In final speech in parliament before his term runs out, Turkish President Abdullah Gul struck a remarkably sensible and statesmanlike tone, seemingly gesturing toward a future in Turkish politics for himself. The Financial Times:
In a possible reference to criticism that the prime minister has become more authoritarian and has muzzled the media, Mr Gul said: “The separation of powers, a free press, and an effective opposition are also among the indispensable elements of democracy.”Speaking after weeks during which Mr Erdogan slammed protesters as plotters, looters and terrorists, he said: “We cannot view every issue and every debate in terms of “black or white”, “right or wrong”, “justified or unjustified”, “us and them” or “friend or foe”.”While Mr Erdogan blamed this year’s Gezi protests on a nebulous “interest rate lobby” that sought to hold Turkey’s growth back, Mr Gul argued that Turkey, like other emerging markets, was affected by the reining-in of US monetary stimulus and needed to reduce its dependence on short term foreign funds and attract more foreign direct investment.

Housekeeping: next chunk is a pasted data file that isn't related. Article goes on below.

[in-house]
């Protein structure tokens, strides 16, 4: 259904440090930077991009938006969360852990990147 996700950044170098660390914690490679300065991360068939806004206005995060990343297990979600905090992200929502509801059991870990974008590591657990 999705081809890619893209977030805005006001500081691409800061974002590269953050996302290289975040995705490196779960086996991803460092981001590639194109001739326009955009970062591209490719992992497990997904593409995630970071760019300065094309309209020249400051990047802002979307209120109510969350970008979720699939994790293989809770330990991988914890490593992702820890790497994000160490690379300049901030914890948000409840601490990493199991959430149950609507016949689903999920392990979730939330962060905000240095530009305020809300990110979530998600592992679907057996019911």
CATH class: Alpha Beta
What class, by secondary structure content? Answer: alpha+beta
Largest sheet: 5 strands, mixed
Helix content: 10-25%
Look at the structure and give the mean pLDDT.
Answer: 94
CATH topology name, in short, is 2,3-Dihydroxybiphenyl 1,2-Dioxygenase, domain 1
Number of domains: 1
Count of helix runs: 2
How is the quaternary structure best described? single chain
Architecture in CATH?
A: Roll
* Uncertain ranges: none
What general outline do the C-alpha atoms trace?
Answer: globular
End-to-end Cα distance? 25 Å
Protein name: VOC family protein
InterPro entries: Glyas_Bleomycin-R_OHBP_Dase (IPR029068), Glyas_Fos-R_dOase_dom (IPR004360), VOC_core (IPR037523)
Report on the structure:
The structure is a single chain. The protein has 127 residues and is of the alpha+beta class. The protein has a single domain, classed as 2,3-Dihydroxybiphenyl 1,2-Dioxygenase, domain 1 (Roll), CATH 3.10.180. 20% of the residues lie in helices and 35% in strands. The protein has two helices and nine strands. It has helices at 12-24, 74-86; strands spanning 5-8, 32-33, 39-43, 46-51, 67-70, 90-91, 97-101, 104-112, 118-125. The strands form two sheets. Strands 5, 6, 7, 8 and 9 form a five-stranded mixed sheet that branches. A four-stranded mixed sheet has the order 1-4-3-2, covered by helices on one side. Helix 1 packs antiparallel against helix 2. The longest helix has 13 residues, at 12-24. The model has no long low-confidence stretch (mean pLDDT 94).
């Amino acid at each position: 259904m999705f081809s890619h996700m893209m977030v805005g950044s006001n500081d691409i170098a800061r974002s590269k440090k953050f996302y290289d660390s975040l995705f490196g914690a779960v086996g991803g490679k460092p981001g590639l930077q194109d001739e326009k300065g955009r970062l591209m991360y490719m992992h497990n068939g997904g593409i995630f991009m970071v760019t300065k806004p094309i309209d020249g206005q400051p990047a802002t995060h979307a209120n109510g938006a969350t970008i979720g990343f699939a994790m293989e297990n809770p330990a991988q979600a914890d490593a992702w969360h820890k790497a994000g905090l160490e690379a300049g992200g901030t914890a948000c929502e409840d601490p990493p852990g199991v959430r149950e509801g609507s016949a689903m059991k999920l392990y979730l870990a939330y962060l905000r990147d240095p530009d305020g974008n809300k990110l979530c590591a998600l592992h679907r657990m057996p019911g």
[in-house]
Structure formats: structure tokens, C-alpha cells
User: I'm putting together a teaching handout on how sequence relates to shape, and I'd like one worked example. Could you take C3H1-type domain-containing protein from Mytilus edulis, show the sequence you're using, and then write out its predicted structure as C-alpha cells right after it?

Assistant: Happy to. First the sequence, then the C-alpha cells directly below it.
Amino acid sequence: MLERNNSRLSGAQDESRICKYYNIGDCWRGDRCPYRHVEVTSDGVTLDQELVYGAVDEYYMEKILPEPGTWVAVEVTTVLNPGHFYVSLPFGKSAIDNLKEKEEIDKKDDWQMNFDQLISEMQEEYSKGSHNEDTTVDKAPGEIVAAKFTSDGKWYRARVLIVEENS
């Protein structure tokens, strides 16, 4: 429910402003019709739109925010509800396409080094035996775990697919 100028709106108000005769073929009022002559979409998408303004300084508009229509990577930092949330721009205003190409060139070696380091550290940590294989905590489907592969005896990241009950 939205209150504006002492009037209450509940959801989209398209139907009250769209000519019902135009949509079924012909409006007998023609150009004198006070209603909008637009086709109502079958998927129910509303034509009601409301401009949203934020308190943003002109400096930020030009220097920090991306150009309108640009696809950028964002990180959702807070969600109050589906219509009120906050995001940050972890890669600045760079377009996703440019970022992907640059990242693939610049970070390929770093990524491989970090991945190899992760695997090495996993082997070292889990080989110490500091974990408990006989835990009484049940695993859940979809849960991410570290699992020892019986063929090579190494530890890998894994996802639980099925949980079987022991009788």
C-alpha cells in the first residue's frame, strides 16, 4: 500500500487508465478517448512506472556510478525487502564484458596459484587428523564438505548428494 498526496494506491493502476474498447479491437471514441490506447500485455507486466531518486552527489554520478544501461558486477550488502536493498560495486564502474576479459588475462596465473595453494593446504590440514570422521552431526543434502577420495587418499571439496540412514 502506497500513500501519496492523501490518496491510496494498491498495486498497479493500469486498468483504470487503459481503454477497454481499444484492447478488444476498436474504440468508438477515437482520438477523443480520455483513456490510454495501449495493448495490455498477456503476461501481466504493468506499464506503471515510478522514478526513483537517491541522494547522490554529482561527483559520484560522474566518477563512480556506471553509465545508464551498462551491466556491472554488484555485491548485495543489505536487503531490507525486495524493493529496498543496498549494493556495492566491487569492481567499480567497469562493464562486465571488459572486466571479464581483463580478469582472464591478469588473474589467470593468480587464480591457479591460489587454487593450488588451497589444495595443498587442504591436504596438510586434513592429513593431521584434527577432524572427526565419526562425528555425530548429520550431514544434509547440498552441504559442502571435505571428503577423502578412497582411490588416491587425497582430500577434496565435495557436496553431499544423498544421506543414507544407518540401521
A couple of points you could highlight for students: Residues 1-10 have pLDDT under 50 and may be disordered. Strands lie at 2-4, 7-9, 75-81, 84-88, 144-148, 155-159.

The Turkish presidency is a mostly ceremonial office. Is Gul now seeking the Prime Ministership as his colleague Erdogan turns increasingly erratic and wacky? A lot of people must be hoping the answer is yes.[Photo courtesy Getty Images.]